• In this same update to the terms, Instagram has also suggested its belief that a minor under the age of 18 can consent to having their name, likeness, etc. used in advertising without the express consent of a legal guardian, simply by using the service. (As Instagram's terms put it, simply by using the site the minor would "represent that at least one of [their] parents or legal guardians has also agreed to this provision.")

  • Curiously, the updated terms also suggest that Instagram can now run paid advertisements masquerading as site content, thanks to a provision stating that users must "acknowledge that we may not always identify paid services, sponsored content or commercial communications as such." The terms also allow Instagram to share information with third-party sites through external links -- presumably referring to the site's application programming interface (API) -- while disclaiming Instagram from all liability relating to the manner in which third parties make use of that information.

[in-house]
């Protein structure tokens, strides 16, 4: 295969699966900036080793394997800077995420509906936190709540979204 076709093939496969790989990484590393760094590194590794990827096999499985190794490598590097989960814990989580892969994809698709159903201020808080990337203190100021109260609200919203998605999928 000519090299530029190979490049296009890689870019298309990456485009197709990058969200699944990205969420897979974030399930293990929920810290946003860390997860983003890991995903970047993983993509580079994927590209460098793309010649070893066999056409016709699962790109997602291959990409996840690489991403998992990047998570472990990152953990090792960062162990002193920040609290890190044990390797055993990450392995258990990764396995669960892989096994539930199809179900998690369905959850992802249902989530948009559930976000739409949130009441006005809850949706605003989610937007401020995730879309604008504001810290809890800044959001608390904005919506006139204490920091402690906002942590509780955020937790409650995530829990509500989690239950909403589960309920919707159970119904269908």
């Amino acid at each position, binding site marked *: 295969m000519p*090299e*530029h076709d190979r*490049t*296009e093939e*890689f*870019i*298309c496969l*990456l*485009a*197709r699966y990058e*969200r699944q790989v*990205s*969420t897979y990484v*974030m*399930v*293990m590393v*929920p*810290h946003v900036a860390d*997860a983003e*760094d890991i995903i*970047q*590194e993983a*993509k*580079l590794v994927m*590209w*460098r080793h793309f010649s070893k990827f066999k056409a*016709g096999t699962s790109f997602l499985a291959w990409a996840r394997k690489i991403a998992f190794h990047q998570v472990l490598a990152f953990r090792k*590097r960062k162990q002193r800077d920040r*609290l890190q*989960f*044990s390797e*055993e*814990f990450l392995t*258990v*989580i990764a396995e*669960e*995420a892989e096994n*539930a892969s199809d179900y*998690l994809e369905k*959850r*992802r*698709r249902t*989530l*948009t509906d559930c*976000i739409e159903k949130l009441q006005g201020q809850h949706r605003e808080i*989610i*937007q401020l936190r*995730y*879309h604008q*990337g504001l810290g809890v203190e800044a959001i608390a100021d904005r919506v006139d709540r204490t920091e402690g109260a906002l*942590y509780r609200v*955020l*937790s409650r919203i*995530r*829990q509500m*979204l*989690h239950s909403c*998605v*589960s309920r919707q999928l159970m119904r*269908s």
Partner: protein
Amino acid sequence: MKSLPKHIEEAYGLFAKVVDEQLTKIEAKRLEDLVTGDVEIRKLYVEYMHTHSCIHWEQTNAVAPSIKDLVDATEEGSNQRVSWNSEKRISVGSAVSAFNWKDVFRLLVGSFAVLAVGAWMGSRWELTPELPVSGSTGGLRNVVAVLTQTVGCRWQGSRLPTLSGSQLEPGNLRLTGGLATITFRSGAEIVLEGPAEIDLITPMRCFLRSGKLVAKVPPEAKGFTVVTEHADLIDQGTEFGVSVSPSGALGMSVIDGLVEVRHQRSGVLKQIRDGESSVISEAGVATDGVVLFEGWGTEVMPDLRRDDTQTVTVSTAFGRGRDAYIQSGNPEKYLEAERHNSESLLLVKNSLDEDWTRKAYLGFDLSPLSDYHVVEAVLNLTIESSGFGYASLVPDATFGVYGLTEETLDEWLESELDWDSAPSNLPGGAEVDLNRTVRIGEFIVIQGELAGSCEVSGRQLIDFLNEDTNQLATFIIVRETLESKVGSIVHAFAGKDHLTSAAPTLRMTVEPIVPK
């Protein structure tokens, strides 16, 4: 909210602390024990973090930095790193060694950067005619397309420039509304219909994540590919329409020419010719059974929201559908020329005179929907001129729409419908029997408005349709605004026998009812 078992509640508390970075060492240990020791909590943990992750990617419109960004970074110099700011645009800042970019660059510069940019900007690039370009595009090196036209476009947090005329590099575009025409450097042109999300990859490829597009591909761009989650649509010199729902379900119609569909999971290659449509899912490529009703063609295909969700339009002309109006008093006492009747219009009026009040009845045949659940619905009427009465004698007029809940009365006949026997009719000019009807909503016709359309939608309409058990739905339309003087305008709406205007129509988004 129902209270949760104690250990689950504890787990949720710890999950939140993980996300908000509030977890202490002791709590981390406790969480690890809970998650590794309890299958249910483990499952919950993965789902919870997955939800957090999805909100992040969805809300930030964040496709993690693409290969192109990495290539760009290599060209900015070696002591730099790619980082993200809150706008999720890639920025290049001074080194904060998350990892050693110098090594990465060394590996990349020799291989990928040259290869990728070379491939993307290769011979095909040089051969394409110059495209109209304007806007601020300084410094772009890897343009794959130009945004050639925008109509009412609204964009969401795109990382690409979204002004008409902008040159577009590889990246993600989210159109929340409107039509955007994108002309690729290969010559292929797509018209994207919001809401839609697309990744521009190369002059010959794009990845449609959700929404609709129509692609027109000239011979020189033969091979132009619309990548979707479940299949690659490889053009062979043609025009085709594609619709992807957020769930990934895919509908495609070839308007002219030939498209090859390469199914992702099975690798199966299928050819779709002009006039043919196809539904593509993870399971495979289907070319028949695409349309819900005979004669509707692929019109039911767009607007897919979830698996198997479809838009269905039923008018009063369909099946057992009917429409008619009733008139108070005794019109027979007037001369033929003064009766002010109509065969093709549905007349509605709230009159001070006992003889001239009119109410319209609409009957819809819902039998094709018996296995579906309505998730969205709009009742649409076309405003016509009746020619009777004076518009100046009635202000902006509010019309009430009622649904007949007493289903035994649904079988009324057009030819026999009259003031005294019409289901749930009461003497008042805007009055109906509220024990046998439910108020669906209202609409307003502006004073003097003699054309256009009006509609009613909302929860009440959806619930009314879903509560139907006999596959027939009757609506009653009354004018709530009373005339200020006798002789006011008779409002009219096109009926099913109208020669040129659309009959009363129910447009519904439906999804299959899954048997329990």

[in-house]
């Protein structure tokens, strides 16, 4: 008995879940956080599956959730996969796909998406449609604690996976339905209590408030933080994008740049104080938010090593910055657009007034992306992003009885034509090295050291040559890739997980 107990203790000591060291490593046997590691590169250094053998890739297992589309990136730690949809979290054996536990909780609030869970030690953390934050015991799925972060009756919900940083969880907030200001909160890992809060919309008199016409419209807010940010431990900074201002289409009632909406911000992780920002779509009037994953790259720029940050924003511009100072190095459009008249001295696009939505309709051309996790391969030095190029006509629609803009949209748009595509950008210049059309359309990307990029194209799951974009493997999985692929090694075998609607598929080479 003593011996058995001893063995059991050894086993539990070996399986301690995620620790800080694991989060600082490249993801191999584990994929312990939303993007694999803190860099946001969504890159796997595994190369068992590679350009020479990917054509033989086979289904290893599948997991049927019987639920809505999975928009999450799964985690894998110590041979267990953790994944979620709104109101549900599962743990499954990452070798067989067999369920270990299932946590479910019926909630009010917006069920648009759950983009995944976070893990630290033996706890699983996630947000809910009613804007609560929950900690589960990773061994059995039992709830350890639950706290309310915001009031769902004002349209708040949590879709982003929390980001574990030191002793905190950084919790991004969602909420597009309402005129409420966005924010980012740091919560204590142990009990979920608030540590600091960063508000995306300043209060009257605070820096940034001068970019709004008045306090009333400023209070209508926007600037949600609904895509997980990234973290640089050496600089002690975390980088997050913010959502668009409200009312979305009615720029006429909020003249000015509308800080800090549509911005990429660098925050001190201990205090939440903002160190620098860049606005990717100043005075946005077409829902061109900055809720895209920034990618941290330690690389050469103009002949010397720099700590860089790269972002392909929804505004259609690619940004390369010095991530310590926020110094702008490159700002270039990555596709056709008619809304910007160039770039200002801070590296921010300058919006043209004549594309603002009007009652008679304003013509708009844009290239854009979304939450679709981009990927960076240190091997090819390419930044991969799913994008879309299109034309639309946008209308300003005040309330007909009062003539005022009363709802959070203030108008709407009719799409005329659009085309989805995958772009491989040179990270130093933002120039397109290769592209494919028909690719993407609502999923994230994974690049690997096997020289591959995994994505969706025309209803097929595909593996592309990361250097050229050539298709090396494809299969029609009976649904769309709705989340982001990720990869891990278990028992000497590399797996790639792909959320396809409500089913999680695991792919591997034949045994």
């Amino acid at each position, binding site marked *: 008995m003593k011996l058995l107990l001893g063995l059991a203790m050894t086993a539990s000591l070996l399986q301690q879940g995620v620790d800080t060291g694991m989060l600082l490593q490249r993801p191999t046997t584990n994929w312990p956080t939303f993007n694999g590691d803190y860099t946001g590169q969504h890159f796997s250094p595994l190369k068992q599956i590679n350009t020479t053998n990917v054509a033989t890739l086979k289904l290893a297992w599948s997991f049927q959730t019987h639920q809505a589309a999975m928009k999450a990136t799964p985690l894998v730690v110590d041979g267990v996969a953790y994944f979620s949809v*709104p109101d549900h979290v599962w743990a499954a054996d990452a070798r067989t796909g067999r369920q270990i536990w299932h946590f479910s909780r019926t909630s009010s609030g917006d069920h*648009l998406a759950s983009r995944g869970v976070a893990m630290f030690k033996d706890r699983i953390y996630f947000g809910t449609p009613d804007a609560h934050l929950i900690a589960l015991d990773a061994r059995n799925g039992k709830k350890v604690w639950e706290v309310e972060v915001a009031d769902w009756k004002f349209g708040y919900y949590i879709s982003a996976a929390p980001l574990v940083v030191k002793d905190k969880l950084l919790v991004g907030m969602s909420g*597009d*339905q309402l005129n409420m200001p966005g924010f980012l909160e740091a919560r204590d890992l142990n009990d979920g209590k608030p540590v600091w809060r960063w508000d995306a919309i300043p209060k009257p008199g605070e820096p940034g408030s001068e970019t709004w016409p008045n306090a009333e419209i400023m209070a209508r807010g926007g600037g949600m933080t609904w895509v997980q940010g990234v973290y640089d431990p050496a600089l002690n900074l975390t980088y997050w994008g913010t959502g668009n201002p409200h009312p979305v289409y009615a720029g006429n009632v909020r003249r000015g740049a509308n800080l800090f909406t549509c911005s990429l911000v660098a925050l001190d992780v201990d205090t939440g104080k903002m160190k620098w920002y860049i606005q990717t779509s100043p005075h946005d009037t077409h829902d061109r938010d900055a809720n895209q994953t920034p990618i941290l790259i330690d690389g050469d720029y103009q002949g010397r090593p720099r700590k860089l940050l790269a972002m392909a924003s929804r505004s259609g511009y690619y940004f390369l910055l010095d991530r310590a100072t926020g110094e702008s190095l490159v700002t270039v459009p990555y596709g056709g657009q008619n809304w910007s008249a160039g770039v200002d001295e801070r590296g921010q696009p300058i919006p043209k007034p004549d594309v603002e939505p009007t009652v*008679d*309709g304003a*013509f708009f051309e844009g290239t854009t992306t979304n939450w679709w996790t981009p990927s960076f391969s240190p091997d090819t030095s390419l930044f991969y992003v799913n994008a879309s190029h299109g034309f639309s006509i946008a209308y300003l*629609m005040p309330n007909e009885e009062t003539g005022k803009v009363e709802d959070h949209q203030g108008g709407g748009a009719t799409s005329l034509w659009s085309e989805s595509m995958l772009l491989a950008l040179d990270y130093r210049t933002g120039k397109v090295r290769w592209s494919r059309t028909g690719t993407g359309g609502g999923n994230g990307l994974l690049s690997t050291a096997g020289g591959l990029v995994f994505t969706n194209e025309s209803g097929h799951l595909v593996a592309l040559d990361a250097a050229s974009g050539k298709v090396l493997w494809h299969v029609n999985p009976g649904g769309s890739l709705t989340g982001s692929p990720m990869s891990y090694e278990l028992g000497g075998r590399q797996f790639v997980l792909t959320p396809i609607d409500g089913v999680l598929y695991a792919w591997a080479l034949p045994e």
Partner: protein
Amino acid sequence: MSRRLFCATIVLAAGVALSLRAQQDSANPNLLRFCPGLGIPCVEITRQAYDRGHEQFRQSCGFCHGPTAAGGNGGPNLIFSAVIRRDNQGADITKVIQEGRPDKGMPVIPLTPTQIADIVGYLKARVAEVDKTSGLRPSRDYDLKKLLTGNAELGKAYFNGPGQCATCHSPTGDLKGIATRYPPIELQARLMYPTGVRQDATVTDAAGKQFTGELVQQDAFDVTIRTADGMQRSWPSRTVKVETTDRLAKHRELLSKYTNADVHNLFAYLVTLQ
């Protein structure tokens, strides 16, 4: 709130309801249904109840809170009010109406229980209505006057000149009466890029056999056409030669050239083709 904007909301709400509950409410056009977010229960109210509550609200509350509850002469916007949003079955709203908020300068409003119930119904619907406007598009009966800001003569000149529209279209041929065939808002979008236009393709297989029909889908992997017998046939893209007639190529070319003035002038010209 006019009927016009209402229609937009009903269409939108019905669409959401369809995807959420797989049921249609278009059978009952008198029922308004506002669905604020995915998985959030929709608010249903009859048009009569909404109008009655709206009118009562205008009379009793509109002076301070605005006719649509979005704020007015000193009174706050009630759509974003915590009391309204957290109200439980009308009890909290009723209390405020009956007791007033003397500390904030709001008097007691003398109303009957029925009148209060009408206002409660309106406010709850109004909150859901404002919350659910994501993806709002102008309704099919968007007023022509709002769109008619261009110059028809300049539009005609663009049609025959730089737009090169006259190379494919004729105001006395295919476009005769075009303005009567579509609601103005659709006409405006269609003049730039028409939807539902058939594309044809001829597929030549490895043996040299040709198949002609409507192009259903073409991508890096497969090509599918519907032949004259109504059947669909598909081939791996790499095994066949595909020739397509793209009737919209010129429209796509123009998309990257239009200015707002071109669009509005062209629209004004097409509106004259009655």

• The new terms also force through the relatively common provision that bars users from taking their grievances with the site to a court, either individually or as part of a class action. Instead, the terms provide only for arbitration proceedings as stipulated by Instagram, or for users to take their cases to small claims court.

  • Until now, Instagram has pledged to alert the community via email to "material" changes to its terms of use, but in the future that, too, will be changing. Once the new terms come into place, Instagram will be able to change the terms of use as it deems necessary, and beyond updating the TOU document on its site, will not need to notify users of those changes. Should a user continue to access the service after a change, that will constitute acceptance of the change -- even if they've not seen the updated document.